Thai PM plots course to quarantine free travel

BANGKOK, 13 October 2021: Thailand will abolish the quarantine rule for fully vaccinated travellers from at least 10 countries by 1 November.

The country’s Prime Minister, Prayuth Chan-ocha, painted the broad strokes of a back-to-business schedule in a national TV address on Monday while instructing the Centre for Covid-19 Situation Administration and the Ministry of Public Health to urgently consider details at its next meeting this Thursday.

It leaves some wriggle room for the CCSA and the Ministry of Public Health to modify minor details. At the same time, the PM has made it abundantly clear the country must shed the last shackles holding back the return of international tourism.

Effective 1 November, fully vaccinated travellers arriving by air from 10 countries on Thailand’s low-risk list will be able to visit without having to undergo quarantine. They will still need to present a Covid-19 negative test result to board the aircraft and again test negative on arrival in Thailand.

The PM identified just five countries – Singapore, Germany, China, the UK and the USA – that will join the 10-country list giving fully vaccinated travellers quarantine-free entry to Thailand.

He said the list of quarantine free travel countries would be extended beyond the initial 10 by 1 December and then again on 1 January 2022 when a “very extensive list” would be adopted to reopen international travel to Thailand across the country.

“During the last weeks, some of Thailand’s most important tourist source countries have begun to ease their travel restrictions on their citizens… With these developments, we must act quickly but still cautiously, and not miss the opportunity to entice some of the year-end and new year holiday season travellers during the next few months to support the many millions of people who earn a living from our tourism, travel and entertainment sectors as well as the many other related sectors.”

Restaurants that were hoping the ban on alcoholic beverages would be lifted, 1 November. They will now have to wait until 1 December for a very damaging rule that has hobbled the F&B sector for close to 20 months to be finally scrapped.

“By 1 December, we will also consider allowing the consumption of alcoholic beverages in restaurants as well as the operation of entertainment venues,” the PM promised,

To be on the safe side, travellers should wait for the official announcement of the changes in quarantine rules to be published by the Royal Gazette or for the official news release issued by the Tourism Authority of Thailand.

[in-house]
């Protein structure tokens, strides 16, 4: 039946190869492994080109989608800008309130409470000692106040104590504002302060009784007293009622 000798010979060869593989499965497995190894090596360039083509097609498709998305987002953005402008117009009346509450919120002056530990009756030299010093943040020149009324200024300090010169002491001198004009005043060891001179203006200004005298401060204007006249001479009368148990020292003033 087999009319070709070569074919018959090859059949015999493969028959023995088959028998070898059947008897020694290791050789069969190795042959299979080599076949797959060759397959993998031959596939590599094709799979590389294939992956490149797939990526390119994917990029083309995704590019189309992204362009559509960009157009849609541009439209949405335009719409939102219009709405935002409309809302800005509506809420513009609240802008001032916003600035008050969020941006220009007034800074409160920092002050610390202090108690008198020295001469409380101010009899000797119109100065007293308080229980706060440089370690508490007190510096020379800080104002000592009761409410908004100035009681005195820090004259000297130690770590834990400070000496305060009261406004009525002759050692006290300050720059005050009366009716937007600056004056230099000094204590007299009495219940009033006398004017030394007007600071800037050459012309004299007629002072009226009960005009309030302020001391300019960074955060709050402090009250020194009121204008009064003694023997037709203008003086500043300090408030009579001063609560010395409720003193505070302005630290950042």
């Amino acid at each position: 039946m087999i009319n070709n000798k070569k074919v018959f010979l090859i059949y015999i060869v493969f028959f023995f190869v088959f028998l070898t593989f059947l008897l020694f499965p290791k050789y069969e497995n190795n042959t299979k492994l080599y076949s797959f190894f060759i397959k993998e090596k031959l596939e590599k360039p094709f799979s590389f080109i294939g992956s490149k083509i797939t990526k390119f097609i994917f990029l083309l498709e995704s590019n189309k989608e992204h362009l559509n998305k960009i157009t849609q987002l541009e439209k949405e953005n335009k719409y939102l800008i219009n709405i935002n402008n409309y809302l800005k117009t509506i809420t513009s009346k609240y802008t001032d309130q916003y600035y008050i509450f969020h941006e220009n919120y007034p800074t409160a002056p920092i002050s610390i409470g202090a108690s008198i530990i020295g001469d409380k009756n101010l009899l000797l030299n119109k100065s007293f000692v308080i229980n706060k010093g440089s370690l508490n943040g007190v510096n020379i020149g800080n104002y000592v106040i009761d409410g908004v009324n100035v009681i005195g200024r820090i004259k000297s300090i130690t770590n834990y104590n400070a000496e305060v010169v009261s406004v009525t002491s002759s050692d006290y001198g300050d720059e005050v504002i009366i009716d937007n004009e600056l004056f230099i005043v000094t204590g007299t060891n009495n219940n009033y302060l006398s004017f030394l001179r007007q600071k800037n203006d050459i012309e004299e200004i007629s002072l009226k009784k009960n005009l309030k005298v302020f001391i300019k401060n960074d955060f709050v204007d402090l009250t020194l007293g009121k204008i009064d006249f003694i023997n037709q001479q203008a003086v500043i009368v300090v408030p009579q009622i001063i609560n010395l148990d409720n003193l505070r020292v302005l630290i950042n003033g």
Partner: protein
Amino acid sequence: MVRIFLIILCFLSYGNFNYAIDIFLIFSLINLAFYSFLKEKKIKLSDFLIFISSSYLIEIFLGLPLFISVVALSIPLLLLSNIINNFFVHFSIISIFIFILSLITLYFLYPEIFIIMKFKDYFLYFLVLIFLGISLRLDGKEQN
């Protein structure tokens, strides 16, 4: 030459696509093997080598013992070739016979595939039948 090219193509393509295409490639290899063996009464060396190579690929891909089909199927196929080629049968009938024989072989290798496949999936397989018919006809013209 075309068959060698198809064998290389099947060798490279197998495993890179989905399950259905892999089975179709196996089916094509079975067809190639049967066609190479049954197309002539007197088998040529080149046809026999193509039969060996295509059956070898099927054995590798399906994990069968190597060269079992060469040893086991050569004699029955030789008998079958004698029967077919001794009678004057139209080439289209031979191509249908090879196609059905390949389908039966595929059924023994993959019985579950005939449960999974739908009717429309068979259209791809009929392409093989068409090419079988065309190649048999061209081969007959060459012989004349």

Thailand’s vaccine campaign accelerated after a very poor start from around 4 million doses in May to almost 12 million arriving in July, then almost 14 million in August, and now running at over 20 million a month until the end of the year.

“As a result, our daily vaccinations shot up threefold in July, from around 80,000 doses a day in May, and kept increasing until Thailand rose to be among the fastest ten countries in the world for administering shots. We currently frequently administer more than 700,000 shots a day, and sometimes even exceeding one million shots a day,” the PM explained in the national TV broadcast.

“In the last one-and-a-half years, we have lived with some of the greatest peacetimes’ challenges our country has ever faced in its history, brought about by the Covid-19 pandemic, and one that has left nobody untouched and no country in the world undamaged.”

Officials estimate the pandemic has cost the country more than USD50 billion in tourism revenue since March 2020. Earlier this week, the country reached 1.7 million cumulative cases and recorded 18,000 deaths.

Tourism, a mainstay sector for the country’s economy, dropped from just short of 40 million tourists in 2019 to just 70,000 visitors during the first eight months of 2021 with the Phuket Sandbox counting around half of all arrivals to the country since 1 July.

The PM concluded: “The threat of a large scale, the lethal spread of the virus in Thailand is now diminishing, even though the risk of resurgence is always there, and even though there are still serious constraints on our hospital and medical staff capacities.

“The time has come for us to ready ourselves to face the coronavirus and live with it as with other endemic infections and diseases, much as we have learnt to live with other diseases with treatments and vaccinations.

“Today, I would like to announce the first small but important step in decisively beginning the process of trying to restore our livelihoods.”

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